Vertex to replace Trikafta as gold standard treatment for cystic fibrosis but other CTFR therapies welcome, says GlobalData

Of the five late-stage pipeline products expected to be licensed in the 7MM* for cystic fibrosis (CF) between 2020 and 2030, four will be CF transmembrane conductance regulator (CFTR) modulators, according to GlobalData. The leading data and analytics company notes that Vertex’s next-generation triple combination, VX-121 + tezacaftor + VX-561 (deutivacaftor), is expected to replace Trikafta/Kaftrio as gold standard treatment for CF.

Mandana Emamzadeh, PhD, Healthcare Analyst at GlobalData, comments: “KOLs noted that superior efficacy and less-frequent dosing of Vertex’s VX-121 + tezacaftor + VX-561 (deutivacaftor) will result in rapid uptake, with many patients shifting from Trikafta/Kaftrio, current standard of care. Furthermore, they supported development of more CFTR modulators for patients who develop intolerances or allergies – or indeed experience adverse events in response to established products. Additionally, further competition could help to drive down drug prices, to the benefit of the consumers.”

GlobalData’s latest report, Cystic Fibrosis – Global Drug Forecast and Market Analysis to 2030 has analyzed the upcoming pipeline for CF and identified that there will be five late-stage Phase II products, including two CF transmembrane conductance regulator (CFTR) modulator regimens from Vertex Pharmaceuticals, VX-561 (deutivacaftor) alone and in a triple combination with VX-121 and tezacaftor; two CFTR modulator regimens from AbbVie, ABBV-3067 alone and in combination with galicaftor (ABBV-2222); as well as an anti-inflammatory agent in development by Laurent Pharmaceuticals, LAU-7b (fenretinide).

Emamzadeh takes a closer look at some of these offerings below.


Vertex has completed one Phase II study (NCT03912233) of its next-generation triple combination therapy, VX-121 + tezacaftor + VX-561 (deutivacaftor), in CF patients ages 18 and older that have either one F508del mutation and one minimal function CFTR mutation or two F508del mutations.

The regimen was reported to be well tolerated and achieved the primary goal of improved lung function and the secondary goal of reducing sweat chloride, of which high levels are a hallmark of CF.

Emamzadeh notes: “The VX-121 + tezacaftor + VX-561 program was granted FDA fast track and orphan drug designations, which will facilitate clinical development and expedite regulatory approval. Data from the Phase II dose-ranging study of VX-561 (deutivacaftor) alone are due to report in the near future.”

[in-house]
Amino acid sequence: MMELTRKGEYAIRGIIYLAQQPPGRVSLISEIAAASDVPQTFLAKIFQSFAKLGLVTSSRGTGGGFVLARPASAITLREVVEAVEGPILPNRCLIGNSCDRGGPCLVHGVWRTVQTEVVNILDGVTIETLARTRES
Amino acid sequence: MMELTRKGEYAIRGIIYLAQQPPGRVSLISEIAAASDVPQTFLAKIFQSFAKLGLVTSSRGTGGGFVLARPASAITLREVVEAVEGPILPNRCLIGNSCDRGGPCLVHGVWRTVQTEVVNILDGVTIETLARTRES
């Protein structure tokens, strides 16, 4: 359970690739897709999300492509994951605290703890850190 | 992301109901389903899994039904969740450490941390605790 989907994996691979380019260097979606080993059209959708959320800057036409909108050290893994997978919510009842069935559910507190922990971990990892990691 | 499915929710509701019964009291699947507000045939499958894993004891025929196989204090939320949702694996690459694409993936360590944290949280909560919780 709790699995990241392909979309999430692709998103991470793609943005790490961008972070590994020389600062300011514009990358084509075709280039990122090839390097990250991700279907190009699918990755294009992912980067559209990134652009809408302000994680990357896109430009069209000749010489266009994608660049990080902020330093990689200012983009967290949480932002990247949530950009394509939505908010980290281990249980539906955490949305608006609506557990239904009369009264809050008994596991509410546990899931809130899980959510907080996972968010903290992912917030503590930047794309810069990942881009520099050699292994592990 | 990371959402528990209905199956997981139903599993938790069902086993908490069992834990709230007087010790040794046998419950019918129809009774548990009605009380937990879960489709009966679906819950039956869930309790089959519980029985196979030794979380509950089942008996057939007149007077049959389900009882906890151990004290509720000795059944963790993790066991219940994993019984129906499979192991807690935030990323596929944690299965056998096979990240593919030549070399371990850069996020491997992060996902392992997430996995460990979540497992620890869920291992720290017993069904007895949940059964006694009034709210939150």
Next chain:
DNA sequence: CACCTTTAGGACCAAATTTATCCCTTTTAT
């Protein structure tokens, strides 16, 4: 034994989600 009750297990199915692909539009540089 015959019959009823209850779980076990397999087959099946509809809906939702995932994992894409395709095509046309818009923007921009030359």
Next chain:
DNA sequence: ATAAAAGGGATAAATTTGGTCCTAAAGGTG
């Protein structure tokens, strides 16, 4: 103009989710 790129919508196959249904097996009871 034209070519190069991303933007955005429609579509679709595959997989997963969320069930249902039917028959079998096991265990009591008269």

Two Phase III trials are now being planned to evaluate VX-121 + tezacaftor + VX-561 in CF patients ages 12 years and older. The first study will recruit patients with one F508del mutation and one minimal function mutation, while the second study will recruit patients that carry either two F508del mutations or one F508del mutation and a second mutation responsive to the given CFTR modulators.


AbbVie’s CFTR potentiator ABBV-3067 – administered alone and in combination with CFTR corrector ABBV-2222 – is being studied to target CF patients that are homozygous for the F508del mutation.

Emamzadeh comments: “Since these pipeline agents are not expected to treat new mutations – or greatly improve efficacy and safety – GlobalData believes these me-too drugs will mainly serve as alternatives to currently marketed CFTR modulator drugs. Although AbbVie is a global biopharmaceutical company and can support the development and potential commercialization of these pipeline drugs across the 7MM, GlobalData expects ABBV-3067 and ABBV-3067 + ABBV-2222 will face strong competition from Vertex’s well-established repertoire of marketed CFTR modulators.”

Laurent Pharmaceuticals

Laurent Pharmaceuticals’ LAU-7b (fenretinide), if successful,  is expected to be the first approved anti-inflammatory agent for CF. The ongoing late-stage Phase II APPLAUD trial (NCT03265288) is evaluating the safety and efficacy of LAU-7b for the treatment of CF patients ages 18 years and older.

Emamzadeh comments: “KOLs believed that the treatment paradigm is certainly missing a CF-specific anti-inflammatory drug. However, prospects for this drug remain uncertain. Firstly, LAU-7b’s manufacturer is a private company with limited experience in product development and commercialization. In addition, the drug would need to compete with other anti-inflammatory drugs recommended by guidelines including azithromycin, ibuprofen, and prednisolone, all with a well-established reputation, commercially and clinically and lower cost. Finally, no data regarding LAU-7b’s efficacy and safety have yet been made available, although Phase II completion is expected in Q3 2021.”

*7MM = US, France, Germany, Italy, Spain, UK, and Canada

More Media